2 June 2003
Those new FCC rules
The Federal Communications Commission, on the expected 3-2 party-line vote, approved some changes to the ownership caps on Big Media, though some restrictions were retained.
Under previous rules, a single entity could own TV stations reaching 35 percent of the national audience. The cap is now 45 percent.
A single entity may own two TV stations in a market with five to seventeen stations; however, only one of them may be among the four top-rated stations in that market. If a market has 18 stations or more, the limit is raised to three. The station total includes both commercial and noncommercial stations, but does not include LPTV facilities. Under the old rule, the FCC permitted an entity to own two television stations in a market if one of the stations was not one of the top four in the ratings and there were at least eight independently owned and operated commercial or noncommercial stations remaining in the market. (Oklahoma City has 12 TV stations; Sinclair Broadcast Group owns KOKH-TV, a Fox affiliate, which is usually among the top four, and KOCB-TV, an affiliate of The WB, which isn't. No one else owns more than a single station in the area.)
Newspaper crossownership continues to be banned in markets with three or fewer TV stations, but is permitted in markets with nine or more. (OPUBCO may now bid to acquire KWTV from the Griffin family.) In markets with four to eight stations, it depends on how many broadcast stations are already owned by the entity.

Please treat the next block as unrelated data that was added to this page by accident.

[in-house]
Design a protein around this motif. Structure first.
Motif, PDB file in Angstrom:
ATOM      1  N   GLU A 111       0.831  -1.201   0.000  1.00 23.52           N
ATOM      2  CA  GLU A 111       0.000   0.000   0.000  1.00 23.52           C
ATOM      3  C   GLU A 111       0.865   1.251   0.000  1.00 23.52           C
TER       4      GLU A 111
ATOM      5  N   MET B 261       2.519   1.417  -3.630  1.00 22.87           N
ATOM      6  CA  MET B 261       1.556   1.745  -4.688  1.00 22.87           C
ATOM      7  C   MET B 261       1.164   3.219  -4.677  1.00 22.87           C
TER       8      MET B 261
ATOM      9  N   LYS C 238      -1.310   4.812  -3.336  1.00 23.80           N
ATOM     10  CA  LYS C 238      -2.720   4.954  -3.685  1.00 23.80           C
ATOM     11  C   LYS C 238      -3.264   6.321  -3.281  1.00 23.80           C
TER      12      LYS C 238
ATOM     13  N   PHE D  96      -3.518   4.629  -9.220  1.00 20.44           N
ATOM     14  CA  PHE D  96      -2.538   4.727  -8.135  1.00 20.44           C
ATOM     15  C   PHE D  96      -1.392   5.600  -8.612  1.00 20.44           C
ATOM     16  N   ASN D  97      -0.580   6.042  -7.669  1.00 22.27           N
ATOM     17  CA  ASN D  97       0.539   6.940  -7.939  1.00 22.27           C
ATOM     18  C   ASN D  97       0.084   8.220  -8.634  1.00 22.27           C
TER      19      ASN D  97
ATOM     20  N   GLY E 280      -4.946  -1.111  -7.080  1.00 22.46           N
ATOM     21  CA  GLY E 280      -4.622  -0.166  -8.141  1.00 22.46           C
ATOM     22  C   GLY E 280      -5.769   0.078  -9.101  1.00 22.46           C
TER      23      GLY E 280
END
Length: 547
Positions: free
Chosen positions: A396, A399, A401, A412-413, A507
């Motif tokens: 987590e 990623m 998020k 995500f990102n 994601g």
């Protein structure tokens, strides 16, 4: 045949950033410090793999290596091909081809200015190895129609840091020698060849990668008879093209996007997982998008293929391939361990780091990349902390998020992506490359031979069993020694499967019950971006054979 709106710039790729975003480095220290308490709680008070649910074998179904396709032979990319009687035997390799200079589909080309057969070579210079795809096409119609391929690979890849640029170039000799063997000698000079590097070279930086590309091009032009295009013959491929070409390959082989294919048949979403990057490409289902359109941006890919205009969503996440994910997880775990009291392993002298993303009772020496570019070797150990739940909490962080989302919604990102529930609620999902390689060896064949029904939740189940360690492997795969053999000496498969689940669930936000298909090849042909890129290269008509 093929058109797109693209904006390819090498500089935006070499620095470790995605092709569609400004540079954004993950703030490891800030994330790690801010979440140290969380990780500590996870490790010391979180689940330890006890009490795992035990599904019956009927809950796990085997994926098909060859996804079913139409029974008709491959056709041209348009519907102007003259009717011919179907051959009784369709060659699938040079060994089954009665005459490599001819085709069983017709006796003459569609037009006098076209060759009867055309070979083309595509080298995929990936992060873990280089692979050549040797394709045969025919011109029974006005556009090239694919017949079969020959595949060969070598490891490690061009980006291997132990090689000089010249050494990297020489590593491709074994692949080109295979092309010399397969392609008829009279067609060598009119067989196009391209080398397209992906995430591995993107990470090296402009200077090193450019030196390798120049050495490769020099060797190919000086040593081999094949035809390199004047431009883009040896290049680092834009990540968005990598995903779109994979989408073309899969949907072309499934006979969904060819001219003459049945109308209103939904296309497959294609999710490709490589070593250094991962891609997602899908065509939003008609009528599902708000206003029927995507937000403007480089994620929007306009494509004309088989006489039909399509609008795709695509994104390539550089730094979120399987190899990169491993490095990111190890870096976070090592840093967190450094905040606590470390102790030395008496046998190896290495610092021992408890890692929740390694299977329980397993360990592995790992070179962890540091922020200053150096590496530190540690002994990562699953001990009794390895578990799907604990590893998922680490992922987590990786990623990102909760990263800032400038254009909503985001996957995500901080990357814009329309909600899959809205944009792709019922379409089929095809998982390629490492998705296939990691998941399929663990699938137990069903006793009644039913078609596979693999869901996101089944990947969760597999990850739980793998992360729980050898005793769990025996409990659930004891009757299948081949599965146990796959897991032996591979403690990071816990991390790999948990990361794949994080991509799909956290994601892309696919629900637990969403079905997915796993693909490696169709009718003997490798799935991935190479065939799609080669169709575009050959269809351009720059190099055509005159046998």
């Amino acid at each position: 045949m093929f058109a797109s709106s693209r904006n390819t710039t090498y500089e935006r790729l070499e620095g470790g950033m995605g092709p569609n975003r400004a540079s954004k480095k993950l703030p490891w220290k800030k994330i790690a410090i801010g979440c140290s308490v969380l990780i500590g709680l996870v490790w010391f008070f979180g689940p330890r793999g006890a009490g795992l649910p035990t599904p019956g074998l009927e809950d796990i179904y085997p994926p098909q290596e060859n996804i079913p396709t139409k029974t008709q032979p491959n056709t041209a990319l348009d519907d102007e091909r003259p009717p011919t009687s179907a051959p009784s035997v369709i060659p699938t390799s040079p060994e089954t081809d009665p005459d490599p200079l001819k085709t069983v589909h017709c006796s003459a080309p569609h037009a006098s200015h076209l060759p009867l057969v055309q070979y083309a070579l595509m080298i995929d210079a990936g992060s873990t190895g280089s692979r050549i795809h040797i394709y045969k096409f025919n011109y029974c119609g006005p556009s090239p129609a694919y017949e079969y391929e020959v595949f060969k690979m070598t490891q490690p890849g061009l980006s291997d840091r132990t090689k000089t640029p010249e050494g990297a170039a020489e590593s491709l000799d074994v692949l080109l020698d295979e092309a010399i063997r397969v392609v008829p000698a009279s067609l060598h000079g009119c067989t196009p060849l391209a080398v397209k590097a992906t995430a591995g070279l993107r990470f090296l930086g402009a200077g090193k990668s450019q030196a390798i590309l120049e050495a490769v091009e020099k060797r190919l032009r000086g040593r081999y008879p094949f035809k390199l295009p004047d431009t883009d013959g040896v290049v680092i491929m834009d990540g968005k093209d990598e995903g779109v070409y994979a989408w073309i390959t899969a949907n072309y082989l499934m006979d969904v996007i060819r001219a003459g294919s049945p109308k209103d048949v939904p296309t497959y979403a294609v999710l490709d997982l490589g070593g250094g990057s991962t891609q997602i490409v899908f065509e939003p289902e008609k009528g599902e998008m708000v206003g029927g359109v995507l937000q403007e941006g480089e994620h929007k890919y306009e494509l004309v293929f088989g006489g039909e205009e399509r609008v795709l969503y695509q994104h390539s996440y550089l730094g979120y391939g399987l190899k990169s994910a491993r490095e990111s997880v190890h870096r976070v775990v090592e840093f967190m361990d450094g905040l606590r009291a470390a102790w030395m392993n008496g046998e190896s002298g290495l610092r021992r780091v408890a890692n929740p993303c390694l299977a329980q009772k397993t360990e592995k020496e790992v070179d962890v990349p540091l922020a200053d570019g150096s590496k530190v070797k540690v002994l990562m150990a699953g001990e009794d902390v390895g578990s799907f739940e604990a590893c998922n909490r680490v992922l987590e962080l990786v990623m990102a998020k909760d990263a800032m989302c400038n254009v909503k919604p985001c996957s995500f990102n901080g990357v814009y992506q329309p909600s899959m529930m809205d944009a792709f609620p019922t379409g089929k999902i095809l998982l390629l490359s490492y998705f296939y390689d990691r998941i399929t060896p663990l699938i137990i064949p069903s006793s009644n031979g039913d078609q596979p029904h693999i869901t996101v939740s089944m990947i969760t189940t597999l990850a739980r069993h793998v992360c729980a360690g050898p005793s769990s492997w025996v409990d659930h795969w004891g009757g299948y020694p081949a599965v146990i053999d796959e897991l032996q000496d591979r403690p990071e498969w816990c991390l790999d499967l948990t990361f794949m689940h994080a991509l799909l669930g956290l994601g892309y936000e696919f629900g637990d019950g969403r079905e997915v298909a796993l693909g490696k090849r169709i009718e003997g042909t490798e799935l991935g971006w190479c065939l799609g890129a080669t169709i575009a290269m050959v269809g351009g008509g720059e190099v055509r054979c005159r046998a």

Radio limits were not changed, though the FCC will now use Arbitron's market research to determine the number of stations in a market. In markets with 45 or more stations, the limit for a single owner is eight, of which no more than five can be on the same band (3 AM and 5 FM would pass muster; 2 AM and 6 FM would not). In markets with from 30 to 44 stations, the limit is seven, four per band; in markets with 15 to 29 stations, it's six, four per band. In smaller markets, the limit is five, three per band. Again, the station total includes commercial and noncommercial stations, but not low-power stations or translators. Oklahoma City fits the 30-to-44 category; Clear Channel and Citadel each own four FMs (and two AMs), and Citadel programs another FM station via a local marketing agreement, but the LMA doesn't count toward Citadel's total. No other broadcast owner is close to being maxed out.Posted at 4:41 PM to Overmodulation